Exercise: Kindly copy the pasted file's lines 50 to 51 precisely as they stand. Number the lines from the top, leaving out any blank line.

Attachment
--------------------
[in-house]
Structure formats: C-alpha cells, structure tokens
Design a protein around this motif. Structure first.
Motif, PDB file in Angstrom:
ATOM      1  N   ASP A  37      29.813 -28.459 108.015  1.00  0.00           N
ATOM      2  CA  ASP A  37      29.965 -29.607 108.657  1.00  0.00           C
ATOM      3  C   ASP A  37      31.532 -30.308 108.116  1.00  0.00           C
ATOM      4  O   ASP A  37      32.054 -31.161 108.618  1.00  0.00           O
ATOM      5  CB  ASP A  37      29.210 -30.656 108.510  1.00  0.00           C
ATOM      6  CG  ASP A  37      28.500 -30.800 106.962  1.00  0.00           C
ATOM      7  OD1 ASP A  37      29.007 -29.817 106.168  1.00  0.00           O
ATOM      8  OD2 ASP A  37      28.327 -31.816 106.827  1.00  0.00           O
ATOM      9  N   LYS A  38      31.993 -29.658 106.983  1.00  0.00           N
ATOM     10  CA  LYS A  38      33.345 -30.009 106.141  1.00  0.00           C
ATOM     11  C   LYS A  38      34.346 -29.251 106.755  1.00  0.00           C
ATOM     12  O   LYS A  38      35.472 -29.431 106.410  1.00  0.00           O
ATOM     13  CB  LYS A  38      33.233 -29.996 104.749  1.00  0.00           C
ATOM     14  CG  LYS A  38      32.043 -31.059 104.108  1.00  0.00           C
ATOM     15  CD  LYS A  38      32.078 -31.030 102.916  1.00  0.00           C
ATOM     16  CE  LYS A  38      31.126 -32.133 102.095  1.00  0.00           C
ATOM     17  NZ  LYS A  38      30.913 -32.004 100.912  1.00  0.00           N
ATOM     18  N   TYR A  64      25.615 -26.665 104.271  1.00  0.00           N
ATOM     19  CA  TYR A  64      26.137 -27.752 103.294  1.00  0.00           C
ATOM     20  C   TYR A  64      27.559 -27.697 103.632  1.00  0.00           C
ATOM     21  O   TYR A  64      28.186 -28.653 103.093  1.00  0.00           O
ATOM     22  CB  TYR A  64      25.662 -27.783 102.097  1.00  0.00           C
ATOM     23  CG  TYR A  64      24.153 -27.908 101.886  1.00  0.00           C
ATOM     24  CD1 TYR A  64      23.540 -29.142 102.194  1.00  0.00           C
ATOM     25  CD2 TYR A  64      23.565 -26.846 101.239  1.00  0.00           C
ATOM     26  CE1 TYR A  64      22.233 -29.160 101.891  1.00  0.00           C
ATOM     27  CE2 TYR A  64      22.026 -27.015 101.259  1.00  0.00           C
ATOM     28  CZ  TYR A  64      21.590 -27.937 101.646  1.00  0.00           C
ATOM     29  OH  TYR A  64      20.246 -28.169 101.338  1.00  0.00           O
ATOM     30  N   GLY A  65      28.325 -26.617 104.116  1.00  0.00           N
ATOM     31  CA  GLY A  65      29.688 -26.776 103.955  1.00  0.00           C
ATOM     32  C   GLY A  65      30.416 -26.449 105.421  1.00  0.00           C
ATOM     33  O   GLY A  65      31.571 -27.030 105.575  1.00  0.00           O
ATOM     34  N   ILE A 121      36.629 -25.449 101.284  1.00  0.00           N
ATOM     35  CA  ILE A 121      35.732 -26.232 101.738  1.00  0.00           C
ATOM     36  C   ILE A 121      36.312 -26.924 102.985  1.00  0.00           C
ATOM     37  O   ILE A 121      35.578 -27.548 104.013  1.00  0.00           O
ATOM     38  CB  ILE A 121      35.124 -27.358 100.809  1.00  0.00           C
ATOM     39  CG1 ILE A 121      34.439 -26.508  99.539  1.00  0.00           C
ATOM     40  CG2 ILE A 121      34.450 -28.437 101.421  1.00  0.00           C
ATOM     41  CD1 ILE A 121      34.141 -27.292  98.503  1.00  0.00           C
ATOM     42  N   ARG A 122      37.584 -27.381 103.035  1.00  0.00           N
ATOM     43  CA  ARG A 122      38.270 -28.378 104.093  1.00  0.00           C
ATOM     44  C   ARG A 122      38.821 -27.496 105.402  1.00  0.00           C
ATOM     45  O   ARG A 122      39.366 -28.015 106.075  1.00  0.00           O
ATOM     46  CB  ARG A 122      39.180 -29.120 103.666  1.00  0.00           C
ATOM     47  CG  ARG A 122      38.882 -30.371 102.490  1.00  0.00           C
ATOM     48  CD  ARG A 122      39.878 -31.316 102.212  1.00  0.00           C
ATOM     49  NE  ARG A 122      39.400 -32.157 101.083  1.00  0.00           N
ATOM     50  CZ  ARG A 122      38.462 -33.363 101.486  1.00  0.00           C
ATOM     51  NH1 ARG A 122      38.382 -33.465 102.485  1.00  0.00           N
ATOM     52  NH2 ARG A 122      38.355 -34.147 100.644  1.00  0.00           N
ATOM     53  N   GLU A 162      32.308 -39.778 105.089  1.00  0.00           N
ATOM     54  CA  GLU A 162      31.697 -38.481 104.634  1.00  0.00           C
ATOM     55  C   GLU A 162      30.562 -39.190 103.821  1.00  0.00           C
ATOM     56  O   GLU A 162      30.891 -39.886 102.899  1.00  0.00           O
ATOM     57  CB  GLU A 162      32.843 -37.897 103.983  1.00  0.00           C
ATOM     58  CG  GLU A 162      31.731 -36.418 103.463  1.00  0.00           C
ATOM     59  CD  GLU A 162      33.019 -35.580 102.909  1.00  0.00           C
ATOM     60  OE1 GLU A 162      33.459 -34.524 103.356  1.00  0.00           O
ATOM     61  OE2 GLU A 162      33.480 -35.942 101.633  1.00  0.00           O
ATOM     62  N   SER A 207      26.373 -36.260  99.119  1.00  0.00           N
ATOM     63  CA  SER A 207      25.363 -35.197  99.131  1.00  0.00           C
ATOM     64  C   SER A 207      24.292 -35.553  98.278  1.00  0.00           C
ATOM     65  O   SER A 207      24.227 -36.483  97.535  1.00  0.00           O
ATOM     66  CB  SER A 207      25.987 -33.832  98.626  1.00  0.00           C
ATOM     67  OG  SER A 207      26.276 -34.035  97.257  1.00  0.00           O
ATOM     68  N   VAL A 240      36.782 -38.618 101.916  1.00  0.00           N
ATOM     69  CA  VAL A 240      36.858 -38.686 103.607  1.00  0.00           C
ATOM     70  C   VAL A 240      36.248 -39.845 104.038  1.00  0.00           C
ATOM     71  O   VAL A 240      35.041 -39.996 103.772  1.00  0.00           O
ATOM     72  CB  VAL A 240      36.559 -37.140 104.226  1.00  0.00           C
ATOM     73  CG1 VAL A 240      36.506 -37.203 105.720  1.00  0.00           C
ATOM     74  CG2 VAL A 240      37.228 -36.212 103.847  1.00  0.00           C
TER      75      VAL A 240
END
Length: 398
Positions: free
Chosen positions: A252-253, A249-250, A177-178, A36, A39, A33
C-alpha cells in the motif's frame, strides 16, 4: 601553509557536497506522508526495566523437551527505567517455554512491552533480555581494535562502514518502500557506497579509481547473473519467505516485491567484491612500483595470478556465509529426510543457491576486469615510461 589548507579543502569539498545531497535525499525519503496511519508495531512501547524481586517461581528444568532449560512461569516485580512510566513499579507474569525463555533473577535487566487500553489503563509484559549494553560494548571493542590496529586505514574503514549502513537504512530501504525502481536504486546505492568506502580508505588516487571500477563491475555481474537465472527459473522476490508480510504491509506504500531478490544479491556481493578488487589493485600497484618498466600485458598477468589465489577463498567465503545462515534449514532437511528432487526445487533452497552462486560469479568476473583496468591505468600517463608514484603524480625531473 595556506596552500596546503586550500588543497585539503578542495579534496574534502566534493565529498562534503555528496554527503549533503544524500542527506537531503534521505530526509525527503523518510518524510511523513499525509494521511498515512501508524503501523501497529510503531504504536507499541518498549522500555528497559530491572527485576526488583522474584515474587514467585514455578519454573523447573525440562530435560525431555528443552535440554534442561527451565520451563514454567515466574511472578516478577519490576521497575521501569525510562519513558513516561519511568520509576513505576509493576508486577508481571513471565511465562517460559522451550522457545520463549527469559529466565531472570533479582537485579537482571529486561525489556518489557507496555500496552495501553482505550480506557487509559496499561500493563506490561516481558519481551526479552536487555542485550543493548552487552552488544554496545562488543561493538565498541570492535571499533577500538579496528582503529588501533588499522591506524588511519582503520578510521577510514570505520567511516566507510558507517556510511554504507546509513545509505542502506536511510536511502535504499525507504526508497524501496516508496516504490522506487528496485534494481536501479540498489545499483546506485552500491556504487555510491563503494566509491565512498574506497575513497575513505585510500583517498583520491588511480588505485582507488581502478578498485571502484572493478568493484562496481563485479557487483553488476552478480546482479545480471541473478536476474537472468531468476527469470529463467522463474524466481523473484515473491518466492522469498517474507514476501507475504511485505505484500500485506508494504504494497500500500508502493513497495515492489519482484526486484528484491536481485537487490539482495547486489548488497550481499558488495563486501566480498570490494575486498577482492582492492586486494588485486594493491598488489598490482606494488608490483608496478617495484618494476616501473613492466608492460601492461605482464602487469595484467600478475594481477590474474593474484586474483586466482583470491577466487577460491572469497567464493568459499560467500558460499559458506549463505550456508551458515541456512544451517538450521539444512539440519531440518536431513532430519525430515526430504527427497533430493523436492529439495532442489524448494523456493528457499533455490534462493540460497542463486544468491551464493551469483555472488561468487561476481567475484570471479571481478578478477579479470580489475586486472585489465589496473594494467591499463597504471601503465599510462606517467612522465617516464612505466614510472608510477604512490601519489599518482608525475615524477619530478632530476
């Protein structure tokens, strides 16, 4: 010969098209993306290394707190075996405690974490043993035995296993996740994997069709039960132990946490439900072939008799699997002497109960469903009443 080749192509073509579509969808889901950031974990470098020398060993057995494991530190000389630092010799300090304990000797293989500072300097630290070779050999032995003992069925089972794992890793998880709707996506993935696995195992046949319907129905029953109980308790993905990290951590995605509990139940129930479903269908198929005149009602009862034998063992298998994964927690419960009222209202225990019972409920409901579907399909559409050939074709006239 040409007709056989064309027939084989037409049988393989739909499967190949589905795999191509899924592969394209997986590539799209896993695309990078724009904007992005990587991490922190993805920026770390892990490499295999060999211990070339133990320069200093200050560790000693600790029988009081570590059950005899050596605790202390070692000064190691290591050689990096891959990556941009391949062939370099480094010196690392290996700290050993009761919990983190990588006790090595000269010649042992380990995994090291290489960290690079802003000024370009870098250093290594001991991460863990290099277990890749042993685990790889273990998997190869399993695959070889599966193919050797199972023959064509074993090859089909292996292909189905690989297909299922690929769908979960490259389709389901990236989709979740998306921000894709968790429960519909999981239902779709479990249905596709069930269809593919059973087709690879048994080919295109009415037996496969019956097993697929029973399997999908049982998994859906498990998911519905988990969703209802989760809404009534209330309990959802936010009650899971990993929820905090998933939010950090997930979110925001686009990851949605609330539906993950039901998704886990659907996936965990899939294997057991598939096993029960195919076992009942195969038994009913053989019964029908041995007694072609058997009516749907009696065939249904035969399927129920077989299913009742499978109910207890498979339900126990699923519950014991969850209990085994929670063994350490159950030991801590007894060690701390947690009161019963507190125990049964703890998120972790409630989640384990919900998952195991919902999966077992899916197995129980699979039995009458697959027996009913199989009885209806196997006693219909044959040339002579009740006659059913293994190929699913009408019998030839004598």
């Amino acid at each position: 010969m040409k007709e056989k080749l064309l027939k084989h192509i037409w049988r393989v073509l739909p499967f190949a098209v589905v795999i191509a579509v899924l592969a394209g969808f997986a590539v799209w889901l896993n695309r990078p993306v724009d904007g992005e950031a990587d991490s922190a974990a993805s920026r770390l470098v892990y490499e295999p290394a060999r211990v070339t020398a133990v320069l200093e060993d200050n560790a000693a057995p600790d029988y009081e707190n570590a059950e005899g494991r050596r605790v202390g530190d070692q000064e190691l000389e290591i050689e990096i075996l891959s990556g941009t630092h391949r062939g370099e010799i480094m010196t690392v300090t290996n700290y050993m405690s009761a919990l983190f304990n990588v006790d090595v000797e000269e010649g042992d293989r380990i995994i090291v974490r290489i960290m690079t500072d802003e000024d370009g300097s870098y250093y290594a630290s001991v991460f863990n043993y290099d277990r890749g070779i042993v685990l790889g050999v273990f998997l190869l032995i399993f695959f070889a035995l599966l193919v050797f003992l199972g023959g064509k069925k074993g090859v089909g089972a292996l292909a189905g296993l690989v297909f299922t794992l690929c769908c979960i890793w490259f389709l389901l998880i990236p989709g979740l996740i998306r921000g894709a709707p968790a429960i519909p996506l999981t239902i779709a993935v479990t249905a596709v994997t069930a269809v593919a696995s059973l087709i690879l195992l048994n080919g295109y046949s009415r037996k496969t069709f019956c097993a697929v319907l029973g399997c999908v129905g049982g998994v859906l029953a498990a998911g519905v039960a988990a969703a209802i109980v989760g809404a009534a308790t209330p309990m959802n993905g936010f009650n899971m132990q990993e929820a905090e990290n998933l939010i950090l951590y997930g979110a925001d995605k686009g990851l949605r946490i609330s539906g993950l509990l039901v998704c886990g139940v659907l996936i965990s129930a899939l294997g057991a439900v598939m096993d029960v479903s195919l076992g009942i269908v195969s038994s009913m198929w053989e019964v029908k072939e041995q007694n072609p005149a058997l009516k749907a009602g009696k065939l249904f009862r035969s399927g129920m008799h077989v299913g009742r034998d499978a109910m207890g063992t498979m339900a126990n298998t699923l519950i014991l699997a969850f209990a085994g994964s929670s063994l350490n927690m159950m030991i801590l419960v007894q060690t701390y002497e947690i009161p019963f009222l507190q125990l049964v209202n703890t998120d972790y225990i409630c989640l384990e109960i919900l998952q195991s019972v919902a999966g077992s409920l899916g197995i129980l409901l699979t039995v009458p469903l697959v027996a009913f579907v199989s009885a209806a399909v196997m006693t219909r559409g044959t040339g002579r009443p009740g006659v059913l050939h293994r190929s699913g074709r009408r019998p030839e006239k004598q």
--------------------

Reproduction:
ATOM     46  CB  ARG A 122      39.180 -29.120 103.666  1.00  0.00           C
ATOM     47  CG  ARG A 122      38.882 -30.371 102.490  1.00  0.00           C